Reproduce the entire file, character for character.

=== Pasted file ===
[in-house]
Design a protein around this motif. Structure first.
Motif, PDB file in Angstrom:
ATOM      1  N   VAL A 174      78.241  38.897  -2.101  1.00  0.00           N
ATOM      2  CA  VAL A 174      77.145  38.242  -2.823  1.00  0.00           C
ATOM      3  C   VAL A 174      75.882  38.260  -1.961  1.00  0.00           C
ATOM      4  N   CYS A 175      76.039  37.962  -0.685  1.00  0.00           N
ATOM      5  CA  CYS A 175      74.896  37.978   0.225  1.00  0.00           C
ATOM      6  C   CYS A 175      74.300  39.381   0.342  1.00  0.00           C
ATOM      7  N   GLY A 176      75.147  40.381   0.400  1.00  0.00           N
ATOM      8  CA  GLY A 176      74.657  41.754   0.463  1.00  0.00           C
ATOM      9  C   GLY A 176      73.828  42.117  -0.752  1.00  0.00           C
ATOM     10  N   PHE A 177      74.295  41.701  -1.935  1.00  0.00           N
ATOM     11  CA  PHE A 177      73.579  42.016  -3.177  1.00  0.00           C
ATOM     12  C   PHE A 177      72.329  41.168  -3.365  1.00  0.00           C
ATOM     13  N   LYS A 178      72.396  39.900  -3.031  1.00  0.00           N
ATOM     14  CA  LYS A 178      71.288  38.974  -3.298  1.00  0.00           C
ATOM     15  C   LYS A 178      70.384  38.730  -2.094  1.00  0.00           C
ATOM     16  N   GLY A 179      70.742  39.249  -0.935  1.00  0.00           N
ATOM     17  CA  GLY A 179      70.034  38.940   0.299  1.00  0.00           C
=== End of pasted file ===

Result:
[in-house]
Design a protein around this motif. Structure first.
Motif, PDB file in Angstrom:
ATOM      1  N   VAL A 174      78.241  38.897  -2.101  1.00  0.00           N
ATOM      2  CA  VAL A 174      77.145  38.242  -2.823  1.00  0.00           C
ATOM      3  C   VAL A 174      75.882  38.260  -1.961  1.00  0.00           C
ATOM      4  N   CYS A 175      76.039  37.962  -0.685  1.00  0.00           N
ATOM      5  CA  CYS A 175      74.896  37.978   0.225  1.00  0.00           C
ATOM      6  C   CYS A 175      74.300  39.381   0.342  1.00  0.00           C
ATOM      7  N   GLY A 176      75.147  40.381   0.400  1.00  0.00           N
ATOM      8  CA  GLY A 176      74.657  41.754   0.463  1.00  0.00           C
ATOM      9  C   GLY A 176      73.828  42.117  -0.752  1.00  0.00           C
ATOM     10  N   PHE A 177      74.295  41.701  -1.935  1.00  0.00           N
ATOM     11  CA  PHE A 177      73.579  42.016  -3.177  1.00  0.00           C
ATOM     12  C   PHE A 177      72.329  41.168  -3.365  1.00  0.00           C
ATOM     13  N   LYS A 178      72.396  39.900  -3.031  1.00  0.00           N
ATOM     14  CA  LYS A 178      71.288  38.974  -3.298  1.00  0.00           C
ATOM     15  C   LYS A 178      70.384  38.730  -2.094  1.00  0.00           C
ATOM     16  N   GLY A 179      70.742  39.249  -0.935  1.00  0.00           N
ATOM     17  CA  GLY A 179      70.034  38.940   0.299  1.00  0.00           C